Understanding Crypto price and the inevitable collapse of Tether
I am sure that many of you have heard of Bitcoin even before it hit 260$ back in 2013. However, have you ever believed that someday such a simple technology would hit 60,000 USD? We had the opportunity to talk and debate Bitcoin with many individuals and deep dive into their thoughts, and this article is our contribution to those who understood Bitcoin and Crypto.
Lots of people who bought Bitcoin dirt-cheap and held it till today are those who understood the message hidden in the Genesis block. “The Times 03/Jan/2009 Chancellor on brink of the second bailout for banks.”. This refers to the fact that Bitcoin cannot be bailed out because its process eliminates the middleman; there is no third party, and no corporate entity to go between BTC and the consumer.
The recent developments in bank crises in the last few months, the continuous intervention of the Fed to save the banking system, the collapse of the FTX and the probable collapse of Binance are great demonstrations of why a middleman may not be of benefit for the Banking system users and crypto crowd.
It is a liquidity gauge
Bitcoin correlates with Global Liquidity and that makes sense. Whenever liquidity increases, the business condition improves, and the employment rate increases. More liquidity accompanied by more production and economic activity creates a wealth effect and increases the saving rate which then enables more people to adopt Bitcoin as a form of investment.
The red line above shows the Global liquidity for the Fed, BOJ, and PBOC. The central bank’s response to the lack of liquidity in 2020 matches the bitcoin price movement.
It is a tech
It’s commonly believed that the price of Bitcoin is correlated with the NASDAQ. However, it’s important to note that the NASDAQ itself is strongly influenced by global liquidity trends. When global liquidity conditions improve, the tech sector – which the NASDAQ largely represents – tends to be more highly valued. This could help explain the observed correlation between Bitcoin and the NASDAQ, as Bitcoin is often seen as a technology-driven investment. Nevertheless, it’s worth bearing in mind that correlations can be complex and subject to change over time.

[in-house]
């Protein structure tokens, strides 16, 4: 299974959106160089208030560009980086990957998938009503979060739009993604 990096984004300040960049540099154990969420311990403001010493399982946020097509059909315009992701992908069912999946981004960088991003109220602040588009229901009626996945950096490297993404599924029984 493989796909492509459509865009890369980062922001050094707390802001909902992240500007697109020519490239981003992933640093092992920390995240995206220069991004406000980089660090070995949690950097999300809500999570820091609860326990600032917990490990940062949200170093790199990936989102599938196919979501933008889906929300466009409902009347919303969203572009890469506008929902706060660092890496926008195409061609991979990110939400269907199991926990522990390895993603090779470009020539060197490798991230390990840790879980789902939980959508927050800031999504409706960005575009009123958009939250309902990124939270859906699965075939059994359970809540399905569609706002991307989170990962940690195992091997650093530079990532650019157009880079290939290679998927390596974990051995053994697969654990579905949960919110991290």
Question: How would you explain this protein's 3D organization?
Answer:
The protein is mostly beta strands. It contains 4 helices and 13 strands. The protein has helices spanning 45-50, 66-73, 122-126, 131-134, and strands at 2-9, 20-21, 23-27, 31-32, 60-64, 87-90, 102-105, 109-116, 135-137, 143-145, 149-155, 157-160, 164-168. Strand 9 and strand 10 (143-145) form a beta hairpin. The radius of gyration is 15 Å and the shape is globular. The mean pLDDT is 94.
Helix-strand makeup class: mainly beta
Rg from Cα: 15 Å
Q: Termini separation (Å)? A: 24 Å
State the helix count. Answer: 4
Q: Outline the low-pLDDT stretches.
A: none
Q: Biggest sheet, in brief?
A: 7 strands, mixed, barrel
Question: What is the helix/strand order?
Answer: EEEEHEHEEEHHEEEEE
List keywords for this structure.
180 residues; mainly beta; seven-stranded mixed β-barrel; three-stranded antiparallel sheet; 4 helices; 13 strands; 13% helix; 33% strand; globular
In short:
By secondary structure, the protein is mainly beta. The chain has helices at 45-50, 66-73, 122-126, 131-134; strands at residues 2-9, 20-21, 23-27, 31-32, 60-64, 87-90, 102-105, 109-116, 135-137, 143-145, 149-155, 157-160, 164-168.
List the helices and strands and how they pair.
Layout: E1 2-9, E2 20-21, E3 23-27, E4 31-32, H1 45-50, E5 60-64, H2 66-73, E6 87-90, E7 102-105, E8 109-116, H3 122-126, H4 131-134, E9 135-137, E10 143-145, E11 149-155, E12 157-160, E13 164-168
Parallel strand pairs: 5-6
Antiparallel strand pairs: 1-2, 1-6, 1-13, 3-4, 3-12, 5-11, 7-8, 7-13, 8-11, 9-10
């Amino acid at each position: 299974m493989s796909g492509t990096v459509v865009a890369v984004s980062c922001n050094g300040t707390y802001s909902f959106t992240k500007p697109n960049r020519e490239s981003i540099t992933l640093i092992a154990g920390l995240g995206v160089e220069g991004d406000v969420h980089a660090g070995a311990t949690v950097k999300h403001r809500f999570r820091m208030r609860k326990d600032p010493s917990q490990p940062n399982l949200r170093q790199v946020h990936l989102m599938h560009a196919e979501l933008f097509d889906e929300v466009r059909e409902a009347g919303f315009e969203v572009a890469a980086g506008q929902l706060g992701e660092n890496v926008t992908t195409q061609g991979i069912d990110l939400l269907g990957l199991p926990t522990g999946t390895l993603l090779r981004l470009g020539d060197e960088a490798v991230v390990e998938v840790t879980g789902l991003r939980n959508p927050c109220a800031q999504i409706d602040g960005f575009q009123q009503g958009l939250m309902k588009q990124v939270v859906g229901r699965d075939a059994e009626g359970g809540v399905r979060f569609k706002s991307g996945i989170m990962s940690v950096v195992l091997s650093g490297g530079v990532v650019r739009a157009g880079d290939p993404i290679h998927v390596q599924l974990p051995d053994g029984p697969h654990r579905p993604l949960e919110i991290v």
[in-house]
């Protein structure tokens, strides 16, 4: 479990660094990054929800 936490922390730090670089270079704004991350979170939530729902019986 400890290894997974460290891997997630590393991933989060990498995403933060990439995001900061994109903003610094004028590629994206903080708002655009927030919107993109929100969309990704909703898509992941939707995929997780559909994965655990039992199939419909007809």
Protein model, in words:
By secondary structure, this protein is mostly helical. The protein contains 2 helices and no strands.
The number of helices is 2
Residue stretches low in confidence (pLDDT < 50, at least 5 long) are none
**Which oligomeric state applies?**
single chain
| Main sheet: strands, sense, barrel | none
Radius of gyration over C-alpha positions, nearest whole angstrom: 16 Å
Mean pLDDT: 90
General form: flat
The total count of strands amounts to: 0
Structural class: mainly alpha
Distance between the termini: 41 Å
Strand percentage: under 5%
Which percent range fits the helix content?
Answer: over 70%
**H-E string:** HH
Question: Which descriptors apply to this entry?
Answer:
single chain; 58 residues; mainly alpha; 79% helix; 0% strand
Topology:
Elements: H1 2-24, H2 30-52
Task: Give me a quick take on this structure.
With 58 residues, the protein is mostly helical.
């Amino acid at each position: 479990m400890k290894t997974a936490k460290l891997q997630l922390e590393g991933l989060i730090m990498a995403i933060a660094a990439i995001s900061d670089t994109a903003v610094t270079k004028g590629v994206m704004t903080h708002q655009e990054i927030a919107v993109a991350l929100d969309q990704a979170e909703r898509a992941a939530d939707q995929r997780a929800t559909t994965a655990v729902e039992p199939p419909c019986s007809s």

The inflator changed crypto’s volatility character
What is USDT? it is not fully backed by US treasury notes like the USD Coin, it is not an algorithmic Coin like DAI. Then what is it? it is a token backed by loans! Which means that it is a liquidity provider to those who cannot access the US banking system! A digital EuroDollar bank that leverages its reserves to provide liquidity for parts of the world that have been cut off from the US banking system.
Currently, the USDT has over 82 Billion USD market cap compared to its rival USDC which only has 30 Billion USD in market cap. Can anyone in their sound mind believe that a reliable and regularly audited USD token only gets 30B$ in market cap while a doggy USD token has 82B$? It is like JPMorgan has 30B$ worth of balance sheet and SVB has 82! The reality is if you break down the structure for the balance sheet of these banks and tokens, you will find out one is supported by robust reserves and the other by loans out of thin air which the receivers of those loans may default on them.
The USDT is the inflator of the inflator, the Fed, and its constant intervention in the crypto market using its digital printing press backed by the stupidity of its holders have changed the volatility profile of the crypto assets, in particular Bitcoin, similar to how the Fed changed the structure of markets after 2008 with nonstop QEs. As a result, we do not get one-time blow-off tops in Bitcoin as we did in the past cycles. Whenever the price goes up, the ultimate inflator cashes out, and when it falls they buy.